Affordable Access

deepdyve-link
Publisher Website

Oral swab testing by Xpert® MTB/RIF Ultra for mass tuberculosis screening in prisons.

Authors
  • Lima, Fabiano1
  • Santos, Andrea S2
  • Oliveira, Roberto D1
  • Silva, Carla C R2
  • Gonçalves, Crhistinne C M1
  • Andrews, Jason R3
  • Croda, Julio1, 4
  • 1 School of Medicine, Federal University of Mato Grosso do Sul, Cidade Universitária s/n Unidade 9 - Cidade Universitária, Campo Grande, Mato Grosso do Sul 79070-900, Brazil. , (Brazil)
  • 2 Faculty of Health Sciences, Federal University of Grande Dourados, Dourados, Mato Grosso do Sul, Brazil. , (Brazil)
  • 3 Division of Infectious Diseases and Geographic Medicine, Stanford University School of Medicine, Stanford, CA, USA.
  • 4 Oswaldo Cruz Foundation, Campo Grande, Mato Grosso do Sul, Brazil. , (Brazil)
Type
Published Article
Journal
Journal of clinical tuberculosis and other mycobacterial diseases
Publication Date
May 01, 2020
Volume
19
Pages
100148–100148
Identifiers
DOI: 10.1016/j.jctube.2020.100148
PMID: 32099908
Source
Medline
Keywords
Language
English
License
Unknown

Abstract

Diagnosis of pulmonary tuberculosis is usually achieved by testing sputum for presence of Mycobacterium tuberculosis by microscopy, culture or nucleic acid amplification tests. However, many individuals are unable to produce sputum, particularly early in the course of illness. Studies have reported that oral swabs, assayed by nucleic acid amplification tests, may be a suitable substitute or complement to sputum testing. To determine whether this method could be useful of case finding, in which bacillary load is often lower, we evaluated it in the setting of a mass tuberculosis screening study in prison inmates in Brazil. For this sub-study, we enrolled 128 individuals with pulmonary tuberculosis confirmed by sputum Xpert testing, and 128 controls who tested negative by sputum culture and Xpert. We collected two oral swabs by participant, prior to starting treatment. Swabs were collected from the tongue by brushing along the surface for 10 times. The sensitivity of a single oral swab was 43% (N = 55/128; 95% CI: 34-52%). Using two consecutive oral swabs the sensitivity increased to 51% (N = 66/128; 95% CI: 43-60%). The specificity was 100% (128/128). In participants with high mycobaterial load in the sputum, the combined sensitivity was 90% (N = 9/10). In the participants with medium mycobaterial load in the sputum, the combined sensitivity was 79% (N = 23/29). In the participants with low or very low mycobaterial load in the sputum, the combined sensitivity was 38% (N = 34/89). Our data suggest that oral swab sampling, assayed by Xpert, has comparable sensitivity to sputum in participants with high and medium mycobacterial load in the sputum. However, 70% (89/128) of individuals identified through our mass screening study (Carbone et al.) had detection number low or very low in their sputum. In this population, oral swab testing may not have sufficient sensitivity as currently performed. Further studies are needed to identify alternative non-sputum sampling strategies in this population. © 2020 The Authors.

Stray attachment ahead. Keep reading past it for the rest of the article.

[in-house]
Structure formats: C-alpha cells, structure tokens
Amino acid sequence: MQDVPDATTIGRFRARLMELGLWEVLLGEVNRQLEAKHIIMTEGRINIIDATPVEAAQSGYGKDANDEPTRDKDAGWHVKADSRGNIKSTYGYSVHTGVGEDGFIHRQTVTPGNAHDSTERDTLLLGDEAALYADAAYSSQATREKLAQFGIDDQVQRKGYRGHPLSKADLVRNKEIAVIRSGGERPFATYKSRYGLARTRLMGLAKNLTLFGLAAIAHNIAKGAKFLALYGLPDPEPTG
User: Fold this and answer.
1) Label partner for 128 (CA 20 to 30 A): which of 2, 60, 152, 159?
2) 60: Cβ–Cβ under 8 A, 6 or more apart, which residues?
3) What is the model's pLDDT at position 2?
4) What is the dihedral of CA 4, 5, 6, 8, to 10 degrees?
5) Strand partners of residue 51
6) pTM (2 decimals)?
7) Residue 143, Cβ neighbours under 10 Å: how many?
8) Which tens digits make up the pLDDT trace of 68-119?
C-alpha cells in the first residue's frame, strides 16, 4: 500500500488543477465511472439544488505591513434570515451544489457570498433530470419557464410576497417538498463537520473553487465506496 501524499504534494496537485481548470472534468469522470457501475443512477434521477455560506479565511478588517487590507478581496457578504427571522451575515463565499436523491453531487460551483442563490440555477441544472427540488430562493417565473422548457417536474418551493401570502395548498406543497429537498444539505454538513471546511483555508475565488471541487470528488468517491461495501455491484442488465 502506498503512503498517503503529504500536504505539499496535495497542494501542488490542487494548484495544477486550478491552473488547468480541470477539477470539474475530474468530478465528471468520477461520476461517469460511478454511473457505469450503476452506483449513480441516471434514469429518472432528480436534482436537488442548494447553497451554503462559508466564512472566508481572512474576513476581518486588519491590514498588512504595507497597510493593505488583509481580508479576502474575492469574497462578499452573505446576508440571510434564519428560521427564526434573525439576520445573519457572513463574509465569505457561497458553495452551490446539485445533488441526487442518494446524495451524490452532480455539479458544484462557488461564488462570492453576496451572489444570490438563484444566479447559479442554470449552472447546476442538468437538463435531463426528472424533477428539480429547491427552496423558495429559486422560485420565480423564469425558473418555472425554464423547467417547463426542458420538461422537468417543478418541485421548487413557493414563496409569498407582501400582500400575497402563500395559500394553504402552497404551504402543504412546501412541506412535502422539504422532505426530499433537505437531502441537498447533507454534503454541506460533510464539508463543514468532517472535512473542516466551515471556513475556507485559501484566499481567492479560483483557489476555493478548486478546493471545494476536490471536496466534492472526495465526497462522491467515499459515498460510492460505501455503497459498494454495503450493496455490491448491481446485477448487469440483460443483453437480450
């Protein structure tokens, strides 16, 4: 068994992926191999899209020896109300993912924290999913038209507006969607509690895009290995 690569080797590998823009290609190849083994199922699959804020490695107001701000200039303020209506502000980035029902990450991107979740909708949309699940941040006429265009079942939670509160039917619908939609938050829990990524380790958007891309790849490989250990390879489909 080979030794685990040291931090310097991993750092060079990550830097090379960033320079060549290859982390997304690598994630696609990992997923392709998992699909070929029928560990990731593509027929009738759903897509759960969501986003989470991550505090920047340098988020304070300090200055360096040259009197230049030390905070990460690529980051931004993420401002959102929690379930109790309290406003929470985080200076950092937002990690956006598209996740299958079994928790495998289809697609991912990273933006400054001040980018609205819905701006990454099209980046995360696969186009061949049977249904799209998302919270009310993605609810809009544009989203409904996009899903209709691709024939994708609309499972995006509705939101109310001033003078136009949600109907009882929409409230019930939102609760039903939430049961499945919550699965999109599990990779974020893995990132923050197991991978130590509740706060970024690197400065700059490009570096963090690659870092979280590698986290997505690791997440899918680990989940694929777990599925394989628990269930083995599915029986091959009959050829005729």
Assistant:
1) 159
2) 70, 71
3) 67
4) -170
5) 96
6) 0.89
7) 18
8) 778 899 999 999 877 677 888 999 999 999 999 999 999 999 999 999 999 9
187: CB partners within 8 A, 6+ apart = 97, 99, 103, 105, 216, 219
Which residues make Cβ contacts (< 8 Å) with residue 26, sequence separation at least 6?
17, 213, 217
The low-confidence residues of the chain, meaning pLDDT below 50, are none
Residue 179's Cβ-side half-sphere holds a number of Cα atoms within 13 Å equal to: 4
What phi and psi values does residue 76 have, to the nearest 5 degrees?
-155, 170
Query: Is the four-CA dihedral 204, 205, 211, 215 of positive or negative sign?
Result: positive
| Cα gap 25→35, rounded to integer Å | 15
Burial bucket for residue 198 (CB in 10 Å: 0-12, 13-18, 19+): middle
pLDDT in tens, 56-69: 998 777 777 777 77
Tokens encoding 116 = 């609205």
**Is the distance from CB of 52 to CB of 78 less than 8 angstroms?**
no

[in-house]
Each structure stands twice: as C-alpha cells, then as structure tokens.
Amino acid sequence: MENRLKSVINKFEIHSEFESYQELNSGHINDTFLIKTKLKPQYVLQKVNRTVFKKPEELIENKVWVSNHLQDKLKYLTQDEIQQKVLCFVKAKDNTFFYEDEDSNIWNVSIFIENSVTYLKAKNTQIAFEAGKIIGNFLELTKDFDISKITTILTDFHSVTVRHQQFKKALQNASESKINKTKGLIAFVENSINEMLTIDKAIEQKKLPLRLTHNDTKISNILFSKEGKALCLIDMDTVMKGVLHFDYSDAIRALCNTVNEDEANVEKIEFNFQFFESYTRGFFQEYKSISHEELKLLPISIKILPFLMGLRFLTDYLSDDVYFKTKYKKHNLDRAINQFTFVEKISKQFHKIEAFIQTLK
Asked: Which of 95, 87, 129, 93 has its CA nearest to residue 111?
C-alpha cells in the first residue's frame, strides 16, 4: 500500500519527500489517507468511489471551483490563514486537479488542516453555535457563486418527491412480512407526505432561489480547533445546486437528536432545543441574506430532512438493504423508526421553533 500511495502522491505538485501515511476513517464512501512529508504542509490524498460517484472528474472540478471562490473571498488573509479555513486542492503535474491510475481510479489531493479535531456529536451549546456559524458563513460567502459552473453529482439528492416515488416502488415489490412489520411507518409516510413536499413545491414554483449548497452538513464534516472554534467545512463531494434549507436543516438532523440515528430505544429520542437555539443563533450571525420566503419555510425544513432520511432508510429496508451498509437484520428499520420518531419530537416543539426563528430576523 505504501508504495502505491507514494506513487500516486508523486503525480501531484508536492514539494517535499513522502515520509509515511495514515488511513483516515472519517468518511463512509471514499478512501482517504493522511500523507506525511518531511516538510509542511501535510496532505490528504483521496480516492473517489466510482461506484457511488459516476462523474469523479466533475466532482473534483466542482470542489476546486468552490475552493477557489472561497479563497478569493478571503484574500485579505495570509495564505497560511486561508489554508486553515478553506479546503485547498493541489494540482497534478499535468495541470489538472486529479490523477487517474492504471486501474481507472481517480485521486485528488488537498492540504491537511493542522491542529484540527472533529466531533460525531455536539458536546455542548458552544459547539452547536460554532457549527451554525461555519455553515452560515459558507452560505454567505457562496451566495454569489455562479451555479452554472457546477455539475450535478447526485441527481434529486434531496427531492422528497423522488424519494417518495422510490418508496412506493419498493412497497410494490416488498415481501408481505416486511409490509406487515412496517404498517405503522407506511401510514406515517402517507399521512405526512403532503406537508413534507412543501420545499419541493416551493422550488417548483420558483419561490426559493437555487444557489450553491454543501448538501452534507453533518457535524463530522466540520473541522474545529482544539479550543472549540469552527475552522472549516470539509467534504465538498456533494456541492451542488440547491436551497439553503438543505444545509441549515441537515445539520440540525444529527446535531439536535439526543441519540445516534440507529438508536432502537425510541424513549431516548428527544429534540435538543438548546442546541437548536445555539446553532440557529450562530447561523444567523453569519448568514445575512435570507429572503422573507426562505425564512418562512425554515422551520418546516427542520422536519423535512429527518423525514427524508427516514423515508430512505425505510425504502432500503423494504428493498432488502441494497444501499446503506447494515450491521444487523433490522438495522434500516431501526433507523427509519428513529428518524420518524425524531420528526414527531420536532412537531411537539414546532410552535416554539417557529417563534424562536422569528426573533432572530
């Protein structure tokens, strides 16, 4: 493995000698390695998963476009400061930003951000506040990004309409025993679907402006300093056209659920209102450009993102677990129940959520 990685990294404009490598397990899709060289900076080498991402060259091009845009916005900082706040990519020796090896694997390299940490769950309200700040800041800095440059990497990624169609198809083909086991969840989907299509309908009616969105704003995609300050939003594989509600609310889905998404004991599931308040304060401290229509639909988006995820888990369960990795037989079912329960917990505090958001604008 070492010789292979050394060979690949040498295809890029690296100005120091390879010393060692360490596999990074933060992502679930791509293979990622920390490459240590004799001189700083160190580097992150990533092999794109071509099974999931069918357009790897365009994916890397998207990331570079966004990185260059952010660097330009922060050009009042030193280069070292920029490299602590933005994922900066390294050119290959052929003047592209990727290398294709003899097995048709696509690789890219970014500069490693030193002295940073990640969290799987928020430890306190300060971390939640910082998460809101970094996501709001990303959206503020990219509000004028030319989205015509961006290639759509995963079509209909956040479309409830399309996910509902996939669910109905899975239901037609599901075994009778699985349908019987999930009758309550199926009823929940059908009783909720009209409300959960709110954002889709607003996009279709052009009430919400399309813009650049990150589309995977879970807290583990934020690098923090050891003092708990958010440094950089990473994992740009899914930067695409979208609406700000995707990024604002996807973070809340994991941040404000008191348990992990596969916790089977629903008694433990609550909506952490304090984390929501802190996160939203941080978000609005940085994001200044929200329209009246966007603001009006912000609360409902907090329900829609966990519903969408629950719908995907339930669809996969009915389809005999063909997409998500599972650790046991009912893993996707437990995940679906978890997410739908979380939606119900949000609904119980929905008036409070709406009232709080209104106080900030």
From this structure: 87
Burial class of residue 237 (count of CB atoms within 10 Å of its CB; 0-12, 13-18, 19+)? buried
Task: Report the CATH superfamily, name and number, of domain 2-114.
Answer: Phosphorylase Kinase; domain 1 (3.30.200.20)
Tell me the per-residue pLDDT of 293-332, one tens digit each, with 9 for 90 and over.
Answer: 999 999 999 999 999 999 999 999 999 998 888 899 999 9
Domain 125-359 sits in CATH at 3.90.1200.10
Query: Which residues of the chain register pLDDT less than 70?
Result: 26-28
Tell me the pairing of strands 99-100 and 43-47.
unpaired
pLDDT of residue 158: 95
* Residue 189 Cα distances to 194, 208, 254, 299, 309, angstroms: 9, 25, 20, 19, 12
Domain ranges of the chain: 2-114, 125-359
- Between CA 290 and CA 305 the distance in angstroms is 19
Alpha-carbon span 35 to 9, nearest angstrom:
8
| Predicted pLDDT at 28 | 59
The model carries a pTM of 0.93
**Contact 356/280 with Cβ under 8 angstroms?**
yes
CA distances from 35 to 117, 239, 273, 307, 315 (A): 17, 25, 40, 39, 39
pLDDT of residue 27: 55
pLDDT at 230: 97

Report this publication

Statistics

Seen <100 times